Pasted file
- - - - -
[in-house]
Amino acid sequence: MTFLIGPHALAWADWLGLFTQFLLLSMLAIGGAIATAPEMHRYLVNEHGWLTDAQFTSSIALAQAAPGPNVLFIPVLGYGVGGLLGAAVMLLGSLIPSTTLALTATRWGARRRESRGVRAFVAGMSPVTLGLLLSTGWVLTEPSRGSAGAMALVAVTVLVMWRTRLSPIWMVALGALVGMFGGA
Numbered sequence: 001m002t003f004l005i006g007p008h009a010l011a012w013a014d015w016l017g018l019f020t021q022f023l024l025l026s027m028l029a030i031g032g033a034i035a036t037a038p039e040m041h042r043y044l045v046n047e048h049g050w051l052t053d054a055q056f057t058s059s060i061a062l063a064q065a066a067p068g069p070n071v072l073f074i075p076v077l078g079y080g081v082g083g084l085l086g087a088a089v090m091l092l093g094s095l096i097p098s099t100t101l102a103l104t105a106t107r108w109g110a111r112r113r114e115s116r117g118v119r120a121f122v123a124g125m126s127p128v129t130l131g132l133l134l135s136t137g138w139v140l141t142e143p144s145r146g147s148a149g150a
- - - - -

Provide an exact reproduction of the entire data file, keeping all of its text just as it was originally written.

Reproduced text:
[in-house]
Amino acid sequence: MTFLIGPHALAWADWLGLFTQFLLLSMLAIGGAIATAPEMHRYLVNEHGWLTDAQFTSSIALAQAAPGPNVLFIPVLGYGVGGLLGAAVMLLGSLIPSTTLALTATRWGARRRESRGVRAFVAGMSPVTLGLLLSTGWVLTEPSRGSAGAMALVAVTVLVMWRTRLSPIWMVALGALVGMFGGA
Numbered sequence: 001m002t003f004l005i006g007p008h009a010l011a012w013a014d015w016l017g018l019f020t021q022f023l024l025l026s027m028l029a030i031g032g033a034i035a036t037a038p039e040m041h042r043y044l045v046n047e048h049g050w051l052t053d054a055q056f057t058s059s060i061a062l063a064q065a066a067p068g069p070n071v072l073f074i075p076v077l078g079y080g081v082g083g084l085l086g087a088a089v090m091l092l093g094s095l096i097p098s099t100t101l102a103l104t105a106t107r108w109g110a111r112r113r114e115s116r117g118v119r120a121f122v123a124g125m126s127p128v129t130l131g132l133l134l135s136t137g138w139v140l141t142e143p144s145r146g147s148a149g150a